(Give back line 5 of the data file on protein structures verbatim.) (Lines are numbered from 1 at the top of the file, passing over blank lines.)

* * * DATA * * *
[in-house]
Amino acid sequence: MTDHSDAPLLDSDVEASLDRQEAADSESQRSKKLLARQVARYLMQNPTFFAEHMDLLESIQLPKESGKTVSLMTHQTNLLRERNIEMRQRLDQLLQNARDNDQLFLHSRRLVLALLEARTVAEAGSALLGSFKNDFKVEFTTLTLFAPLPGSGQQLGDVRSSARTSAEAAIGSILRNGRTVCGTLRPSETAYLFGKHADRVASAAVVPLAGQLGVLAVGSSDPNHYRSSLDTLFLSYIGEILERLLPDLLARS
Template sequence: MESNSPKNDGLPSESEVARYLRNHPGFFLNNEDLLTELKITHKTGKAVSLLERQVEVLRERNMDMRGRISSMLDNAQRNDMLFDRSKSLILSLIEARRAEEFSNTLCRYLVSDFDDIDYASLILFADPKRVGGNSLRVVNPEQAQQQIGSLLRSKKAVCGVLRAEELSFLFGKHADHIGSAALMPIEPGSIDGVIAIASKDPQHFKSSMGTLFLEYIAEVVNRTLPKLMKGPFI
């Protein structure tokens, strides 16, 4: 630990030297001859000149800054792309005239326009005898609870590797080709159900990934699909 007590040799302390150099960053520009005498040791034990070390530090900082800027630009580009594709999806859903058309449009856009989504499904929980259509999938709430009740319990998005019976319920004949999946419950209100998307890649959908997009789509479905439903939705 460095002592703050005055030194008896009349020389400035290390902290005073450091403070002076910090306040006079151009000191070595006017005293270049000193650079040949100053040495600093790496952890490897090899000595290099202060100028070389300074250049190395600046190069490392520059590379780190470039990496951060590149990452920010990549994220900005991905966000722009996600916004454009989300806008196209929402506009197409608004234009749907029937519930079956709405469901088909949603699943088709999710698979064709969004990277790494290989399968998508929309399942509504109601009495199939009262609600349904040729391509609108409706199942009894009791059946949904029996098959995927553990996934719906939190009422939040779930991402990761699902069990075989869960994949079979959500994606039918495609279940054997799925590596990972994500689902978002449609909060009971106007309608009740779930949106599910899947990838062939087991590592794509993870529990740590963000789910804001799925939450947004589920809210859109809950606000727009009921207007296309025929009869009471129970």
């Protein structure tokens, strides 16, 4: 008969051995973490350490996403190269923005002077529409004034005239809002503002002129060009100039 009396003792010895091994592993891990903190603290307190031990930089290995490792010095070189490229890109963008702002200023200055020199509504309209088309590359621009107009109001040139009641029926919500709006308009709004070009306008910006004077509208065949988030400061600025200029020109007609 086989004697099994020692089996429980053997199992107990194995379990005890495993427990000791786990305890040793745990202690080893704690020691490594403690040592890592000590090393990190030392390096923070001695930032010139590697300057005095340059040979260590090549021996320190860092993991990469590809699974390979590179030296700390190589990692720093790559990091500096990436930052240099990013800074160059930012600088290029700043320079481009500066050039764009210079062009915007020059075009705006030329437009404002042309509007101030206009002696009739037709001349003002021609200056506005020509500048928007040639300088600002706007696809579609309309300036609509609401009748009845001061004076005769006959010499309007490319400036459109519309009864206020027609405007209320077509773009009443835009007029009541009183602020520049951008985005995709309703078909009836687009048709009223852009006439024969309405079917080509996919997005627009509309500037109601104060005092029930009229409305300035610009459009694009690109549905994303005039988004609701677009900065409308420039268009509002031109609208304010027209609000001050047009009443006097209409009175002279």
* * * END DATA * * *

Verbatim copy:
């Protein structure tokens, strides 16, 4: 008969051995973490350490996403190269923005002077529409004034005239809002503002002129060009100039 009396003792010895091994592993891990903190603290307190031990930089290995490792010095070189490229890109963008702002200023200055020199509504309209088309590359621009107009109001040139009641029926919500709006308009709004070009306008910006004077509208065949988030400061600025200029020109007609 086989004697099994020692089996429980053997199992107990194995379990005890495993427990000791786990305890040793745990202690080893704690020691490594403690040592890592000590090393990190030392390096923070001695930032010139590697300057005095340059040979260590090549021996320190860092993991990469590809699974390979590179030296700390190589990692720093790559990091500096990436930052240099990013800074160059930012600088290029700043320079481009500066050039764009210079062009915007020059075009705006030329437009404002042309509007101030206009002696009739037709001349003002021609200056506005020509500048928007040639300088600002706007696809579609309309300036609509609401009748009845001061004076005769006959010499309007490319400036459109519309009864206020027609405007209320077509773009009443835009007029009541009183602020520049951008985005995709309703078909009836687009048709009223852009006439024969309405079917080509996919997005627009509309500037109601104060005092029930009229409305300035610009459009694009690109549905994303005039988004609701677009900065409308420039268009509002031109609208304010027209609000001050047009009443006097209409009175002279």